The Fellowship is truly a union between Jews and Christians, one forged through biblical faith. When trying to explain the bond between Christians and Jews, Yael Eckstein was enlightened by what she recently experienced at a child's birthday party:
Around a month ago, my eldest daughter turned eight years old. For months before her much-anticipated birthday, she was planning every detail of her party. The cake would be pink, balloons would be hanging on our front door so that everyone would go to the right house, we would do an art project, and play fun games. At the end of the party she would open up all of her presents, and then her friends would go home with goody bags of stickers and rub-off tattoos.
With lots of excitement and fun we planned and then celebrated my daughter’s meticulously organized party, and only one part didn’t go as planned – most of the children came without birthday presents.
The truth is, my daughter didn’t mind at all. Just having her friends over, and having fun in her house in honor of her birthday, was enough to keep her on cloud nine for the next year. Together we cleaned the house, took down the balloons, and put away the remaining cake. It was a real success, and after weeks of planning, it was finally behind us. Or so I thought.
Just a few days later I dropped my daughter off at a friend’s birthday party. I didn’t send her with a gift, because apparently that is not the norm in my small, modest community.
But as I went to go pick her up from the party, something just didn’t feel right. “My daughter would have been so happy if her friends brought her a present,” I thought, so instead of doing what everyone else did, I turned my car around, bought a birthday present and delivered it with a smile to the ecstatic eightyear- old child.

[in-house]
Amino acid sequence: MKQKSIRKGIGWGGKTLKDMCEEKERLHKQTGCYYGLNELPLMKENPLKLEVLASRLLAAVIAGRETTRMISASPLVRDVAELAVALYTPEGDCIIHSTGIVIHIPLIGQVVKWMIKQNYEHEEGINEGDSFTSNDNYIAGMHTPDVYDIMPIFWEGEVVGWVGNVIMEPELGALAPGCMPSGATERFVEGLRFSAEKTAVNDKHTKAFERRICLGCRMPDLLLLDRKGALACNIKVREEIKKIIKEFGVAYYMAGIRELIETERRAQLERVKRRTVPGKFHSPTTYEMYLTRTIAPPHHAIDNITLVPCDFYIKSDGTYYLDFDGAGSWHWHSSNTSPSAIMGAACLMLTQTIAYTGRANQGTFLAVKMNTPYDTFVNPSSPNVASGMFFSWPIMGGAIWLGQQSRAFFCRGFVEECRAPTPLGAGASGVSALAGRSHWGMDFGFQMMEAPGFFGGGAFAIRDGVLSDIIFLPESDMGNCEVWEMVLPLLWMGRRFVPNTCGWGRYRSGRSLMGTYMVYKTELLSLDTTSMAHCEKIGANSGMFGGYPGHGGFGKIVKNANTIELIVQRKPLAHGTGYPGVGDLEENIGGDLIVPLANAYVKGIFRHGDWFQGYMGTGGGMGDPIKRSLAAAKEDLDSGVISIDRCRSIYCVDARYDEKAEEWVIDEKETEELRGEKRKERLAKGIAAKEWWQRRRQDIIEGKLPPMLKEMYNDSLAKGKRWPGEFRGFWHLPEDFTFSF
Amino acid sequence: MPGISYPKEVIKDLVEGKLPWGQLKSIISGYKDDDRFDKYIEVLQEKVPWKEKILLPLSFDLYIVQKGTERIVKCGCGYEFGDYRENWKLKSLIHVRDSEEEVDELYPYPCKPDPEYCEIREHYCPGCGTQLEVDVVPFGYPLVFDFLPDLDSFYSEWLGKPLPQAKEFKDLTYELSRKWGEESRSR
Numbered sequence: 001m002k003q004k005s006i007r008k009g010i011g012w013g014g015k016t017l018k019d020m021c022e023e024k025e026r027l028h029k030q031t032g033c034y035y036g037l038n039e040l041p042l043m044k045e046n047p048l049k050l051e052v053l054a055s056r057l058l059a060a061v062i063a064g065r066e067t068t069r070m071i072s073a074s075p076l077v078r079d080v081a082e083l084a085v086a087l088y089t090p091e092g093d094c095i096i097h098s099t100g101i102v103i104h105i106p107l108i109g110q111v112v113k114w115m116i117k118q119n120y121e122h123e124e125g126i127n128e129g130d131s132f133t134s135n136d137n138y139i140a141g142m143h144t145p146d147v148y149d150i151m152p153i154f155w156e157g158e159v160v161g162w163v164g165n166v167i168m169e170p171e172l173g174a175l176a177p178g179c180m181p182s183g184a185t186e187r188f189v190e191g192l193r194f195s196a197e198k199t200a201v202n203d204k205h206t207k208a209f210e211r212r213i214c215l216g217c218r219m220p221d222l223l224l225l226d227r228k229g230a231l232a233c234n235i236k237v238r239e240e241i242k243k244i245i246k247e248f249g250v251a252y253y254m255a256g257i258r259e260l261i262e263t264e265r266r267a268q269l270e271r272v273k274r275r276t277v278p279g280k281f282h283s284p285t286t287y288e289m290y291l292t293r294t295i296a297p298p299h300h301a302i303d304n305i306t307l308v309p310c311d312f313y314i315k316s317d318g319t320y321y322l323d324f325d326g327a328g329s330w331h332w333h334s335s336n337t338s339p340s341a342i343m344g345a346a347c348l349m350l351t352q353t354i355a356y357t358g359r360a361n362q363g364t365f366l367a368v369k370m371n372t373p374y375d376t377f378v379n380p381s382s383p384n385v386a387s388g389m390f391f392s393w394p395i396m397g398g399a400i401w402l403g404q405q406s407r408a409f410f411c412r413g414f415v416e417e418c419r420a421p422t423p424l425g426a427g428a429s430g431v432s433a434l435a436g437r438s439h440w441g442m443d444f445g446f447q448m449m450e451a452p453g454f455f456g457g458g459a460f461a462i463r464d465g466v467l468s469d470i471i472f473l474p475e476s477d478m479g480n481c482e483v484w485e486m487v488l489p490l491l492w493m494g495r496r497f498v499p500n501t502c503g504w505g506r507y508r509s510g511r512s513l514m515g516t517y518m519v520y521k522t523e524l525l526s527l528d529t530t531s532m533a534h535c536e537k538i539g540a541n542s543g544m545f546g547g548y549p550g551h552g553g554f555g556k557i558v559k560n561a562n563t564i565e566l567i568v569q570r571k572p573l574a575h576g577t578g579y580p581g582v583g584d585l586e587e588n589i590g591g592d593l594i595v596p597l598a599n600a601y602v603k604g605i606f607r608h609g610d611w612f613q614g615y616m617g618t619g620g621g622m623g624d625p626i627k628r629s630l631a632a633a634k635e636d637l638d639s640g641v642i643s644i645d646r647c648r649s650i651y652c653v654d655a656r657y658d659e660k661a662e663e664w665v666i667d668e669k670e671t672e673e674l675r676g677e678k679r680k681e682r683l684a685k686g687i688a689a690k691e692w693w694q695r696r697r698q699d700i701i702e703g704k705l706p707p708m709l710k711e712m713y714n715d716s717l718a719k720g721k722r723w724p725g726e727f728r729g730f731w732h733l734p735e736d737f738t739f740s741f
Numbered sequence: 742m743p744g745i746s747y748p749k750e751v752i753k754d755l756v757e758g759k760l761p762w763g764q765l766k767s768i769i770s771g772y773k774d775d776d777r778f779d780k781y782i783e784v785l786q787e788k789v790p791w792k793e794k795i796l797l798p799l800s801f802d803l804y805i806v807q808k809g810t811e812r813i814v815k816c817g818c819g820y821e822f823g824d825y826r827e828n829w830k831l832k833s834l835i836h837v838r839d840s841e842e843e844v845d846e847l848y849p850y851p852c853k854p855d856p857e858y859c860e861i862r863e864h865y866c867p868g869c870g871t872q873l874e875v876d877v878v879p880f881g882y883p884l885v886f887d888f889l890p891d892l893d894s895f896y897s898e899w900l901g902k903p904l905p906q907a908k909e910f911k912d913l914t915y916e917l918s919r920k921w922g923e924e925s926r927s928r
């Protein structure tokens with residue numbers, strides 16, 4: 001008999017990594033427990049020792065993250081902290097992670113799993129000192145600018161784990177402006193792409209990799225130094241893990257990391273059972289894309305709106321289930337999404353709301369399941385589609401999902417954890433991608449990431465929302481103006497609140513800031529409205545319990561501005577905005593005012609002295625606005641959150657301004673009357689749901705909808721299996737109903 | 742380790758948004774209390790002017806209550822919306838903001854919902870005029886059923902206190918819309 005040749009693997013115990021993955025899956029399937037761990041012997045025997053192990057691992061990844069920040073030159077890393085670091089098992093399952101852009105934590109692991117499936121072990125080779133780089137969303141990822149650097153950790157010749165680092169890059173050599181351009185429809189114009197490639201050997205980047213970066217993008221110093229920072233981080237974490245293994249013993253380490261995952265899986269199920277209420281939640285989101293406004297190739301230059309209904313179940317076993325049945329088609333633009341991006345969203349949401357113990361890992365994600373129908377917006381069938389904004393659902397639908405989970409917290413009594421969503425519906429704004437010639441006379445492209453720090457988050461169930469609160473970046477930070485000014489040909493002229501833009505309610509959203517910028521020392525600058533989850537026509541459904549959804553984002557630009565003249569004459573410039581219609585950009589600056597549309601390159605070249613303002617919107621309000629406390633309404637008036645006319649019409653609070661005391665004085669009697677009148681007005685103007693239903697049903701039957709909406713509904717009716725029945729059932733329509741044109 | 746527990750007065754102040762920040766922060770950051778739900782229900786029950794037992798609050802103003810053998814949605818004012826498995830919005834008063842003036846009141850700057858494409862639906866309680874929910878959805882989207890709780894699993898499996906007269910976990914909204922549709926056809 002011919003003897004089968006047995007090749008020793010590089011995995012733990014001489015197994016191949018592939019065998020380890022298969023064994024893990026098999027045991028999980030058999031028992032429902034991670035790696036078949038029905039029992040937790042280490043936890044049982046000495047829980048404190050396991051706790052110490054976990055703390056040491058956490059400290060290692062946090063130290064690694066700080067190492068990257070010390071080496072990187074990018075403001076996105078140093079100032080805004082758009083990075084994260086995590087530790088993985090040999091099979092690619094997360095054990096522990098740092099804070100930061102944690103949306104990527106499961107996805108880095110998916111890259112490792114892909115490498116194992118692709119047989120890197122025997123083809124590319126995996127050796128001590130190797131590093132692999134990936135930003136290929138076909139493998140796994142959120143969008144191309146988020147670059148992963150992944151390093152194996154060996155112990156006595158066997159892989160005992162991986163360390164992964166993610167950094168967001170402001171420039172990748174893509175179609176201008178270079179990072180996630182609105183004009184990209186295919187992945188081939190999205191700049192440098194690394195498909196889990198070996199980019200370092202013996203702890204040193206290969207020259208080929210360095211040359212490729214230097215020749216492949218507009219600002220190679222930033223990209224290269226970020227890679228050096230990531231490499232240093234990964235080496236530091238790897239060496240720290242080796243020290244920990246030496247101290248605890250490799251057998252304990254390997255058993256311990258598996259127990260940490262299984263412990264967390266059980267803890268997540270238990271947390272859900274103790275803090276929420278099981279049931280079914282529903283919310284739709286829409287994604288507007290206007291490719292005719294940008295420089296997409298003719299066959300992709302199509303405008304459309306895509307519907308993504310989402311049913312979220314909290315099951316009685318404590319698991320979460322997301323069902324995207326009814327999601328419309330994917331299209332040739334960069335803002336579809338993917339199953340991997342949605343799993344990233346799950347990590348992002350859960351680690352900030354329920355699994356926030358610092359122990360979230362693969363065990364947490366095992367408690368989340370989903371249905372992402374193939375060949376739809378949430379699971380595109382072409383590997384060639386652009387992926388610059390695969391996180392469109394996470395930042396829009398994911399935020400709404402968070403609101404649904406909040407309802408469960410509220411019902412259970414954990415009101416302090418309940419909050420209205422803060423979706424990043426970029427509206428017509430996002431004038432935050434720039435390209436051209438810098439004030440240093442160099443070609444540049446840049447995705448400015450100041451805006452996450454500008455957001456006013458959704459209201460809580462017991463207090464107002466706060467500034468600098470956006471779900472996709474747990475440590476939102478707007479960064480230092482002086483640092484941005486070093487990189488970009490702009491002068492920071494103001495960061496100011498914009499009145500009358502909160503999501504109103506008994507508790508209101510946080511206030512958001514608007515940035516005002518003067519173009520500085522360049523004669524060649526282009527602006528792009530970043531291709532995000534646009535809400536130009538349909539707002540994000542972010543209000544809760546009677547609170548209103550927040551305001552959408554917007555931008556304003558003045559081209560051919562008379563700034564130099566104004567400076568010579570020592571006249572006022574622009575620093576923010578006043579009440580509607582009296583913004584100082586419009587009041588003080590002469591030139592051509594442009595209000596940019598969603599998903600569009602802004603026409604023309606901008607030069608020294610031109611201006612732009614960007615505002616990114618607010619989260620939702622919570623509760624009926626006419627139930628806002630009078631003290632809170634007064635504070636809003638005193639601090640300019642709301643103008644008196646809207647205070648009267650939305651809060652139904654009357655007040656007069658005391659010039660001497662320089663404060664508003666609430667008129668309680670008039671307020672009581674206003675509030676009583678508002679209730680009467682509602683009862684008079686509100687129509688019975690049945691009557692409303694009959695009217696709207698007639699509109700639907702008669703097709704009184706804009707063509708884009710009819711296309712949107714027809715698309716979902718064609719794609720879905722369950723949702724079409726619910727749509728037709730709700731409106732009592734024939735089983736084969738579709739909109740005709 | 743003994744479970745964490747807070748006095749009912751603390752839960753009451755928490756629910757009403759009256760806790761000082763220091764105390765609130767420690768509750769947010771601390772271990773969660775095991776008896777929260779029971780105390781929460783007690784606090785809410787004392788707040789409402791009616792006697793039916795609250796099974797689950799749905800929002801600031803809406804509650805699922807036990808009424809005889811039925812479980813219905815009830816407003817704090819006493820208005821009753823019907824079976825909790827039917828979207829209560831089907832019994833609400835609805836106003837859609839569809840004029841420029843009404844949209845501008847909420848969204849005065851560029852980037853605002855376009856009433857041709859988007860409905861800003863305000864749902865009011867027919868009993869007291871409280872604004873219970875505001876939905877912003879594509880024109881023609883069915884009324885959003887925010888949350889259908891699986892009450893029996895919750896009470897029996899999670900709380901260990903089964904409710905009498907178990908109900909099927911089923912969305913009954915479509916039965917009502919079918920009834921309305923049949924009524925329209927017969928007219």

As I went over what happened, I realized that the mystical teaching I have been pondering for so long finally made sense.
It’s true that going to the birthday party empty-handed would have been completely acceptable. But the deeper truth is that I know birthday presents make children feel happy, and I have the ability to give the most beautiful gift of joy. How could I possibly turn that down, just because the other children didn’t bring my daughter a birthday gift? With this uplifting revelation, I made a decision to try to see the world through two sets of eyes simultaneously: through the eyes of truth, and through the eyes of a deeper truth ...
Then, sitting at my Shabbat table last week, my guests asked me a very familiar question. “Why do Christians support Israel?” they said, in the skeptical voice I have become all too familiar with. And as always, my first emotion was frustration.
I had knots of emotion in my stomach as I thought about the middle- aged woman in Arizona who had been saving up money to renovate her kitchen for five years, and gave every last penny to The Fellowship during Operation Protective Edge last summer in order to build a bomb shelter for the people of Beersheba instead. Visions of righteous pastors telling their congregations to support Israel unconditionally went through my mind, along with memories of hundreds of old, poor women I’ve met in America who send tithes from their meager social security checks to help the children of Israel with basic needs.
Taking a deep breath, I organized the thoughts running through my head, and put my new way of thinking to the test.
“I understand that it’s hard to believe that Christians really love the Jewish people, unconditionally, exactly as we are,” I told them. “But try look at the deeper truth, and you will understand the authenticity of their support, and why they do it.”
I explained to my dear friends that Christian Zionists support Israel because the Torah tells them to. Period.
It’s just that simple.